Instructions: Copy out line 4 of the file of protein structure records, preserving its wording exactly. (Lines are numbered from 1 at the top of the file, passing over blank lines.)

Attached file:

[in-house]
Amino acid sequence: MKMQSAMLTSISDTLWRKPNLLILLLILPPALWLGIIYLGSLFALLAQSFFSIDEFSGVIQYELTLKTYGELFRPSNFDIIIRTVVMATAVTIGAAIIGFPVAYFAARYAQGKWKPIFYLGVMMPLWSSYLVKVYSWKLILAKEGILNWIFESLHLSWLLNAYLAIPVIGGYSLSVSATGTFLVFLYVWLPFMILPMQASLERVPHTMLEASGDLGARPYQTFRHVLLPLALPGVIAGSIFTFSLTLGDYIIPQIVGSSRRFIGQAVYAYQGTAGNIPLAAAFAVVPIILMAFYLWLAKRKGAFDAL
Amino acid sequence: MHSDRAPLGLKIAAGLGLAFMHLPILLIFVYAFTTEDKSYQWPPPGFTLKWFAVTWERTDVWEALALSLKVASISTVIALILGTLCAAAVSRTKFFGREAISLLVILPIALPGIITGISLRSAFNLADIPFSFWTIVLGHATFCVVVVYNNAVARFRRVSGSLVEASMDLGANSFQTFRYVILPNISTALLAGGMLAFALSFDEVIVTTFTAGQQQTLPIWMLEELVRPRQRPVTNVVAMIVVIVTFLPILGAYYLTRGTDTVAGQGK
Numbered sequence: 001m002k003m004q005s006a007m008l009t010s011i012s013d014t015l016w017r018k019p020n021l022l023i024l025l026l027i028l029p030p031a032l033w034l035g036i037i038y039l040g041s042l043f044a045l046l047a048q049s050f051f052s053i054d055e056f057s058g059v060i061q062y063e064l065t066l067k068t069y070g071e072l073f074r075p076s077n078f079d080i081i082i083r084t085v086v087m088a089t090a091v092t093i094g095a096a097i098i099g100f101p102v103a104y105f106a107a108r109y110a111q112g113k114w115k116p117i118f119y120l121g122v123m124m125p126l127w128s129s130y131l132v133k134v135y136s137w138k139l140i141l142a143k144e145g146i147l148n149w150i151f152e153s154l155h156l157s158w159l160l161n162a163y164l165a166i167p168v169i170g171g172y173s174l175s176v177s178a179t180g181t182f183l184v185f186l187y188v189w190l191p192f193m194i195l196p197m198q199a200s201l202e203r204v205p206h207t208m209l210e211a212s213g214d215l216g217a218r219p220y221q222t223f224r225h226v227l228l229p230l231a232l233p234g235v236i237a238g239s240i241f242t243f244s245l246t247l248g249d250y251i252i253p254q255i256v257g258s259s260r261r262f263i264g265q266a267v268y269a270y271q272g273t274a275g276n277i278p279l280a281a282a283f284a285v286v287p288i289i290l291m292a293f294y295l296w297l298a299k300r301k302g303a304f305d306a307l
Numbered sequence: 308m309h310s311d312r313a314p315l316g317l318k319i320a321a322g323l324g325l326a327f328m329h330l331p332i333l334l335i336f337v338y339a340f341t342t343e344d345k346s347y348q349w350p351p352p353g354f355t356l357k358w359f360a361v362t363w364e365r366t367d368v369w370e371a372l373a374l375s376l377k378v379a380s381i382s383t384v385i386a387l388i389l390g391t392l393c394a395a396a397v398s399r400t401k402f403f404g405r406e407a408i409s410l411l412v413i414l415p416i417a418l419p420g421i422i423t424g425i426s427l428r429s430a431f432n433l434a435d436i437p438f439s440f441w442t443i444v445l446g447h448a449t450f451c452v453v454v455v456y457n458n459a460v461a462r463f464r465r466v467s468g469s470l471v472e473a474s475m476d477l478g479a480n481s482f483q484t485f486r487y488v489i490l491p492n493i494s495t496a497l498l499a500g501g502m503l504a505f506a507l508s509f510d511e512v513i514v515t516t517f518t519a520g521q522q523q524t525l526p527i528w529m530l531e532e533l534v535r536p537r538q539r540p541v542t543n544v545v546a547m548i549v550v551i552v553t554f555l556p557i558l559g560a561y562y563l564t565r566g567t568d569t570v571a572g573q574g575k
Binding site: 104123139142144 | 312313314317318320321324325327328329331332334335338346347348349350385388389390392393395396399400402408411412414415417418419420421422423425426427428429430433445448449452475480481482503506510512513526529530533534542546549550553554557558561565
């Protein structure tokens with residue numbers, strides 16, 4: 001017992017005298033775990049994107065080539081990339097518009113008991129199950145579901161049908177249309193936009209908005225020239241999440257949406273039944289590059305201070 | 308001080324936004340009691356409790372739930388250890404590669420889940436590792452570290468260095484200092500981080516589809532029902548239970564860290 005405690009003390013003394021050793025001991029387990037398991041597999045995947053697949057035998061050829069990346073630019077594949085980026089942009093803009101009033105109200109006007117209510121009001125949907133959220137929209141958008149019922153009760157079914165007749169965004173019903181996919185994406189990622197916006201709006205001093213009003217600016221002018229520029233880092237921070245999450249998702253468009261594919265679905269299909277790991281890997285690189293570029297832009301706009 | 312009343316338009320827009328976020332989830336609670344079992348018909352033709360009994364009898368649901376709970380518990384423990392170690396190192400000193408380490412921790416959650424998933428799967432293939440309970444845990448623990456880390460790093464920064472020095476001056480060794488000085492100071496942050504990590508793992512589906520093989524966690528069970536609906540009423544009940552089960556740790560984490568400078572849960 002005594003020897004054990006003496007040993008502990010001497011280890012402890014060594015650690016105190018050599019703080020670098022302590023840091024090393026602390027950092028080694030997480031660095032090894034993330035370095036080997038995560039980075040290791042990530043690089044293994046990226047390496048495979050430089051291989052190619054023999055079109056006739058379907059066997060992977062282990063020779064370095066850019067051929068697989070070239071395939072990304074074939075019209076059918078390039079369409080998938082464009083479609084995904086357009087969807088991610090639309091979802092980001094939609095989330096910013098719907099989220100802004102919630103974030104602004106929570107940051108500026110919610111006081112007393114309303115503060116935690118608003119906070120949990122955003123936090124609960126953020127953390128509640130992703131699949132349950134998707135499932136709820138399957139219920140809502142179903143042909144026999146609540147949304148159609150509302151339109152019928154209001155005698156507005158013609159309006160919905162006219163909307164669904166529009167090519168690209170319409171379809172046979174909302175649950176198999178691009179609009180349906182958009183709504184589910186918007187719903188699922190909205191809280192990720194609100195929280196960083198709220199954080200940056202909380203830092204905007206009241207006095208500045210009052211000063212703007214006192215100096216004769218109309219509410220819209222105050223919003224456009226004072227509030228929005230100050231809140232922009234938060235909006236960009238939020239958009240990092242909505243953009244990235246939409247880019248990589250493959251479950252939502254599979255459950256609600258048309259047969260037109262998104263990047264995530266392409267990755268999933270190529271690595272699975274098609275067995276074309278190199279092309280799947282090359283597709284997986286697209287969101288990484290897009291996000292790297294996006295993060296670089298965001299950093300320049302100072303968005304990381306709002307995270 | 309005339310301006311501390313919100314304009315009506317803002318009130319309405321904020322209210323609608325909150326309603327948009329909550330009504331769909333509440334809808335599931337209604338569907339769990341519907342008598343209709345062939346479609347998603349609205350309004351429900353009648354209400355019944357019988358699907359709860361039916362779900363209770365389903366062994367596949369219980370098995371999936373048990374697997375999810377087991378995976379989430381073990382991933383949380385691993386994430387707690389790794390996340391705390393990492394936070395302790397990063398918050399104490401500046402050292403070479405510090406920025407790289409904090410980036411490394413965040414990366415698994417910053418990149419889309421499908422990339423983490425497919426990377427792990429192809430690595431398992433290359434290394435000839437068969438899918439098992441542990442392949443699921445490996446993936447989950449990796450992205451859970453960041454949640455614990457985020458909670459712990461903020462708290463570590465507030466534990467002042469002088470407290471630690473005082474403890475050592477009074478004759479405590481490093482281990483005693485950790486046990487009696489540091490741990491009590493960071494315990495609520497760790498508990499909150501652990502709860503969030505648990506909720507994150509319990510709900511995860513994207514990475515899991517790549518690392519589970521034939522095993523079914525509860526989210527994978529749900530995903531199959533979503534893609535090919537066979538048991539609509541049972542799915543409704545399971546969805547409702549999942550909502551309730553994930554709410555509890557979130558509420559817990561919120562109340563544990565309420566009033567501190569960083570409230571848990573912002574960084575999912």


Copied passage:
Numbered sequence: 001m002k003m004q005s006a007m008l009t010s011i012s013d014t015l016w017r018k019p020n021l022l023i024l025l026l027i028l029p030p031a032l033w034l035g036i037i038y039l040g041s042l043f044a045l046l047a048q049s050f051f052s053i054d055e056f057s058g059v060i061q062y063e064l065t066l067k068t069y070g071e072l073f074r075p076s077n078f079d080i081i082i083r084t085v086v087m088a089t090a091v092t093i094g095a096a097i098i099g100f101p102v103a104y105f106a107a108r109y110a111q112g113k114w115k116p117i118f119y120l121g122v123m124m125p126l127w128s129s130y131l132v133k134v135y136s137w138k139l140i141l142a143k144e145g146i147l148n149w150i151f152e153s154l155h156l157s158w159l160l161n162a163y164l165a166i167p168v169i170g171g172y173s174l175s176v177s178a179t180g181t182f183l184v185f186l187y188v189w190l191p192f193m194i195l196p197m198q199a200s201l202e203r204v205p206h207t208m209l210e211a212s213g214d215l216g217a218r219p220y221q222t223f224r225h226v227l228l229p230l231a232l233p234g235v236i237a238g239s240i241f242t243f244s245l246t247l248g249d250y251i252i253p254q255i256v257g258s259s260r261r262f263i264g265q266a267v268y269a270y271q272g273t274a275g276n277i278p279l280a281a282a283f284a285v286v287p288i289i290l291m292a293f294y295l296w297l298a299k300r301k302g303a304f305d306a307l